“Prediction: Tom Boonen will be back to form for the classics
I was thinking of the alternate year hypothesis, the idea that Boonen has often had a great season then a dull or unlucky one. 2013 was a stinker so 2014 should be great. In retrospect he did win Kuurne-Brussels-Kuurne and was a big factor in Niki Terpstra’s Paris-Roubaix win as the Dutchman could go up the road knowing others would hesitate in the chase because they’d just tow Boonen to the line. But 2014 wasn’t vintage Tommeke. At least he was there rather than the sorry story of injuries and crashes from 2013. 2015 looks like a big year, can he command team leadership at OPQS?
Click here to read the full piece at The Inner Ring.
‘MAMIL’ added to the Oxford Dictionaries
Whether you love the word “MAMIL” or hate it, it looks like it’s here to stay with the Oxford Dictionaries giving it the official tick of approval this week. The Oxford Dictionaries website defines a MAMIL (which can also be styled as ‘Mamil’) as:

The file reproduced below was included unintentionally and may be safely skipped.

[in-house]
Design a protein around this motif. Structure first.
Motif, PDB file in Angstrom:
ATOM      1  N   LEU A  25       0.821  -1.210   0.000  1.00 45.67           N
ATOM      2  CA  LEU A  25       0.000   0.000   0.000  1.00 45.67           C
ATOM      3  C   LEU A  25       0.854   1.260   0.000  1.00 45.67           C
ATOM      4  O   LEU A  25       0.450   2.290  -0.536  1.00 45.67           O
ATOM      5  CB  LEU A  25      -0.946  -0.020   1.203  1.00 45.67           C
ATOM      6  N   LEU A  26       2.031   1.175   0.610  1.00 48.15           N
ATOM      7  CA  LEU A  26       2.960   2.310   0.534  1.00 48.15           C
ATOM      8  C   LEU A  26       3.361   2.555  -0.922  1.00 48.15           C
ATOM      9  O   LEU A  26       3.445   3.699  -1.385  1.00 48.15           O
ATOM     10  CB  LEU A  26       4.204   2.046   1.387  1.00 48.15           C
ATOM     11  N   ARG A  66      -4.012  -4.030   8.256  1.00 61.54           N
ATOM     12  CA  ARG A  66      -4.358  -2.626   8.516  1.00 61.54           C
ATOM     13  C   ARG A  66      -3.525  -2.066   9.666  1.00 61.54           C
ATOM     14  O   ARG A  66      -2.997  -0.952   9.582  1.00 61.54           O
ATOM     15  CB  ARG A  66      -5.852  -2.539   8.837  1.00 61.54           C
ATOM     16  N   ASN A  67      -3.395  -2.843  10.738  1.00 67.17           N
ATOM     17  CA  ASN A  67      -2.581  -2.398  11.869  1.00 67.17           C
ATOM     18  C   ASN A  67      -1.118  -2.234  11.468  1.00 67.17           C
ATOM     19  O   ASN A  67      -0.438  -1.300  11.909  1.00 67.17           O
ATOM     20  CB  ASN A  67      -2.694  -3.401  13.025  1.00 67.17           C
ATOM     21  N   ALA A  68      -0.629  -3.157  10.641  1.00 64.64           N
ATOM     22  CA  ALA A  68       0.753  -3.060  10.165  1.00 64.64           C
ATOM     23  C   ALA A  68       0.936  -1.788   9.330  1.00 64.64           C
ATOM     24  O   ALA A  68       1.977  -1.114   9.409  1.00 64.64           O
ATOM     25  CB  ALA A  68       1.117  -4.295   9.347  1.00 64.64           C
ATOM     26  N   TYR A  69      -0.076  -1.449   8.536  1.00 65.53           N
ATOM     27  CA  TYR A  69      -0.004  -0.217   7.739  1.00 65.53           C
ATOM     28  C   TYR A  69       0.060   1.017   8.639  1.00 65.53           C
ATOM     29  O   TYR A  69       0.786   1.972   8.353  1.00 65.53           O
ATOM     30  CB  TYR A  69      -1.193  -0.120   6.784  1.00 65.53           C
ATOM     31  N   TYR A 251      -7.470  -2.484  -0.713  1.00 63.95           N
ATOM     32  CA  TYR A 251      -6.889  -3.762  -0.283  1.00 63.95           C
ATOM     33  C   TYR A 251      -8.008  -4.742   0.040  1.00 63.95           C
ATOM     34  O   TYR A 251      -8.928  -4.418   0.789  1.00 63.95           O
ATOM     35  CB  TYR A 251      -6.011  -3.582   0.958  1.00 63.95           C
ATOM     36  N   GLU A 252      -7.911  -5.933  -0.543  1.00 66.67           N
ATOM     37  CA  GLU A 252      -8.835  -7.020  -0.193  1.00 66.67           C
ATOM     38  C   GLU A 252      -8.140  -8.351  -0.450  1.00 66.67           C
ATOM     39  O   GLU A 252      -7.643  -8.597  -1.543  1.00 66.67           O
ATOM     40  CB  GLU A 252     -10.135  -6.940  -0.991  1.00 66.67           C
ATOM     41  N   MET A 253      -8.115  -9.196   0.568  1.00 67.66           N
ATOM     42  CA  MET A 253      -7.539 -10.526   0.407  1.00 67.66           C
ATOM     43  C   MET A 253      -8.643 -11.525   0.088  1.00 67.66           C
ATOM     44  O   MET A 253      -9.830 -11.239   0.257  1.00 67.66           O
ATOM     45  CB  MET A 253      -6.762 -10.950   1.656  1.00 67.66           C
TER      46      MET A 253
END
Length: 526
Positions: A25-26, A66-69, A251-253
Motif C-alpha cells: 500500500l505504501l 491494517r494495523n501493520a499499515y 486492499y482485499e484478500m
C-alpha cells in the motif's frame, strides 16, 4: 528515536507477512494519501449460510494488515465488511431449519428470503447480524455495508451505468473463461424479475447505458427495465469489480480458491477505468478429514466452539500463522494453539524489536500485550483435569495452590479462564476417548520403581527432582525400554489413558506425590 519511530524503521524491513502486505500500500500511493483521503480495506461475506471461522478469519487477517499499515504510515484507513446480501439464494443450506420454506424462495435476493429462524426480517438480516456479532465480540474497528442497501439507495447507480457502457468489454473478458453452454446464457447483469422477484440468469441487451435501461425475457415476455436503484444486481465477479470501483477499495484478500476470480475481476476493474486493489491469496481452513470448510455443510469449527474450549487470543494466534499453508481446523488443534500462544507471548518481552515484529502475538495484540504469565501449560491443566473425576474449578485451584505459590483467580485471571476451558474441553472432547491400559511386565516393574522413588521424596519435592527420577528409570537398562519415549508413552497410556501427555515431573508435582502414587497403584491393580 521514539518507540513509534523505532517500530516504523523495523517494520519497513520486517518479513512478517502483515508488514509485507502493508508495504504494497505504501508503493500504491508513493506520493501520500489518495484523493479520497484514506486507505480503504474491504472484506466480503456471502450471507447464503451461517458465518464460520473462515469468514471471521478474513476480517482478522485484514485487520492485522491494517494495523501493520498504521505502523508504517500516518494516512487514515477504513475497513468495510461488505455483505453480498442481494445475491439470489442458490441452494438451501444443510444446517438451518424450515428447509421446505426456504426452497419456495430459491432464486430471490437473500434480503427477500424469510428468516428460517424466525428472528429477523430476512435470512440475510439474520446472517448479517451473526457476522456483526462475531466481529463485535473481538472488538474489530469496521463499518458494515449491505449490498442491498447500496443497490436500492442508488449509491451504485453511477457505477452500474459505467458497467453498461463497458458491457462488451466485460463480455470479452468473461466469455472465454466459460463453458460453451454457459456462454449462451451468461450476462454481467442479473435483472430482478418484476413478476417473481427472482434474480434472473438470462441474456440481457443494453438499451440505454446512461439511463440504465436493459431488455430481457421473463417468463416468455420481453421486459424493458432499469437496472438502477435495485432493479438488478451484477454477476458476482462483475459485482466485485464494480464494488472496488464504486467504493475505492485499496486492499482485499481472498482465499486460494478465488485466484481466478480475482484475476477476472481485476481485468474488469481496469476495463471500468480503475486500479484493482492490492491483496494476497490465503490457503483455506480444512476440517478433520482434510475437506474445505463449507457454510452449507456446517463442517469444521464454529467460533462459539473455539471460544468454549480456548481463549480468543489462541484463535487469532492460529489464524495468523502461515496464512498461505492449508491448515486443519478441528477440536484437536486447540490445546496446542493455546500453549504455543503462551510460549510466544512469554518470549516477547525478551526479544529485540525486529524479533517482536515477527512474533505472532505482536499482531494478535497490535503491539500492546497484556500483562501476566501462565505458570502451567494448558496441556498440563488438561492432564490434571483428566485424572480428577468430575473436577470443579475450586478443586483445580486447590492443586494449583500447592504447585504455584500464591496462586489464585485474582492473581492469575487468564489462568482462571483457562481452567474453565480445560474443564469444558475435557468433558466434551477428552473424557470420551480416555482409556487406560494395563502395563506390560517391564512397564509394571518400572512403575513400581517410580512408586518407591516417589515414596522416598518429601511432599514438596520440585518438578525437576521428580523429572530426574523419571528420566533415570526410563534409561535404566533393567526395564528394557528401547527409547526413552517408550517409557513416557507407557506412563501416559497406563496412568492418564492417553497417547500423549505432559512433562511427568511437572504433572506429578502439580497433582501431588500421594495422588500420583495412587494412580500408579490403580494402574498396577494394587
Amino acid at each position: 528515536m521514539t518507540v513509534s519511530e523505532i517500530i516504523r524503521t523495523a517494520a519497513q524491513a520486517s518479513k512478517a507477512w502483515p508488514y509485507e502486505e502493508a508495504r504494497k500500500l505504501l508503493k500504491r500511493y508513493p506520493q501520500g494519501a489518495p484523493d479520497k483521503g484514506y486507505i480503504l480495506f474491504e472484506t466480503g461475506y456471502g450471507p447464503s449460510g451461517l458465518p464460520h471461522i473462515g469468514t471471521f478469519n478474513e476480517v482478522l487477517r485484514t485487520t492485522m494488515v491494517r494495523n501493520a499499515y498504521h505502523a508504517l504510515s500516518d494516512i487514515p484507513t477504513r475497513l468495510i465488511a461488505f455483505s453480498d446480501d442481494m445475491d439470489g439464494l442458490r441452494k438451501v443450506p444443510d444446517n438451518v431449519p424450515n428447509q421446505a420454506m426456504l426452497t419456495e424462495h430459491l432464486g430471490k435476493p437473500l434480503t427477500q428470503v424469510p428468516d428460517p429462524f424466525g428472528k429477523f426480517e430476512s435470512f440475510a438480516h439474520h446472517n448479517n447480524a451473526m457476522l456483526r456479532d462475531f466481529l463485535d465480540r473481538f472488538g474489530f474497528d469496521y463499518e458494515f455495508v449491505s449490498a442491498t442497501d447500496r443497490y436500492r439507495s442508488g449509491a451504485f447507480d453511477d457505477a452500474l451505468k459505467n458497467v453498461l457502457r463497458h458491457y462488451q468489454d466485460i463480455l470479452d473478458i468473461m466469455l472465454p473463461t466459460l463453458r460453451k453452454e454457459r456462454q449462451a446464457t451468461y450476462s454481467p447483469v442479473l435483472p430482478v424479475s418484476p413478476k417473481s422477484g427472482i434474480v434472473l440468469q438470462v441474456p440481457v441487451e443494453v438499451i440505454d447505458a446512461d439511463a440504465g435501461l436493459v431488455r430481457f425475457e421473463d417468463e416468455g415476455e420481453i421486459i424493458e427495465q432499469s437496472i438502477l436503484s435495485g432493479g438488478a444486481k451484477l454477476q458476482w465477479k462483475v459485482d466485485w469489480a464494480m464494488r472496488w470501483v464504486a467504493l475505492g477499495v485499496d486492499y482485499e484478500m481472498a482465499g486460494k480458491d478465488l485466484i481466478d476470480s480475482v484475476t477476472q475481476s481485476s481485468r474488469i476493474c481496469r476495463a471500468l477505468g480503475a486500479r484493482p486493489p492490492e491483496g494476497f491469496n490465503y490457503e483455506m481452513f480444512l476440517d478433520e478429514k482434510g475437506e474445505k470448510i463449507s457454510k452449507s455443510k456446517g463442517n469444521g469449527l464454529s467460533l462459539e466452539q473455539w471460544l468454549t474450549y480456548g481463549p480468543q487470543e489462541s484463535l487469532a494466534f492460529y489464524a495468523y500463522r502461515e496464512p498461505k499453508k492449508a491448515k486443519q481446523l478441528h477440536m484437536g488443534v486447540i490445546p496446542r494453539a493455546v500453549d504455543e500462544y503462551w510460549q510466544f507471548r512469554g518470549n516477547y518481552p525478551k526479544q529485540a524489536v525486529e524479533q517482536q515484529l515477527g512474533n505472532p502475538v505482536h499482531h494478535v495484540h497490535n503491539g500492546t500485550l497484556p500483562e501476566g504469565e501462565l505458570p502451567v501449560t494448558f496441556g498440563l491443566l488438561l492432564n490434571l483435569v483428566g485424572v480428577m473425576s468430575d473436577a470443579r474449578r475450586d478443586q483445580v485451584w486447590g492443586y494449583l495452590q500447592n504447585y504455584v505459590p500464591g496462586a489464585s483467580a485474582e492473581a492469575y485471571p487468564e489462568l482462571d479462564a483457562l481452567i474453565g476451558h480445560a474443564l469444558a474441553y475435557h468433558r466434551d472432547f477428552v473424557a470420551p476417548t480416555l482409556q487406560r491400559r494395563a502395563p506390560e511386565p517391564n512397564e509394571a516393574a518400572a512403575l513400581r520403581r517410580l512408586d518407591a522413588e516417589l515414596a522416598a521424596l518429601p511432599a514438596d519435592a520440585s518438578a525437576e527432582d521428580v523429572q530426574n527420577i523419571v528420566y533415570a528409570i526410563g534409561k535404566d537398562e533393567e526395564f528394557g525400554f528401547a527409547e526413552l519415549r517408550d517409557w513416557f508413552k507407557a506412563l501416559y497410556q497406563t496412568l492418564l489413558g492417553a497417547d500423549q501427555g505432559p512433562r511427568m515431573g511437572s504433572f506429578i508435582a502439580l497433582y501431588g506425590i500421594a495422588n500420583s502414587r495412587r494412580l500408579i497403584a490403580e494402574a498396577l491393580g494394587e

“A middle-aged man who is a very keen road cyclist, typically one who rides an expensive bike and wears the type of clothing associated with professional cyclists.
The website provides two examples of the word used in context: “he spends his weekend mornings cycling with other MAMILs” and “this is as close to a professional peloton as any MAMIL will ever get”.
Click here to read more at the Oxford Dictionaries website.
Performance enhancing placebos?
Researchers at the University of Glasgow have found that athlete performance can be improved simply by the belief that they are using performance-enhancing drugs.
The authors considered the effect of an injected placebo on endurance athletes, with 15 club-level runners given a fictional drug call OxyRBX which, they were told, acted in a similar way to EPO. The runners self-injected the ‘drug’ for a week with performances then assessed. On average, the runners demonstrated an improvement of 1.2% after a week of OxyRBX compared to a week-long control period.
“The change in performance was of clear sporting relevance”, Dr Jason Gill of the Institute of Cardiovascular and Medical Sciences said. “The placebo may work by reducing perception of effort and increasing potential motivation in line with a psychological expectation of performance.”
Eastlakes crash driver pleads guilty to dangerous driving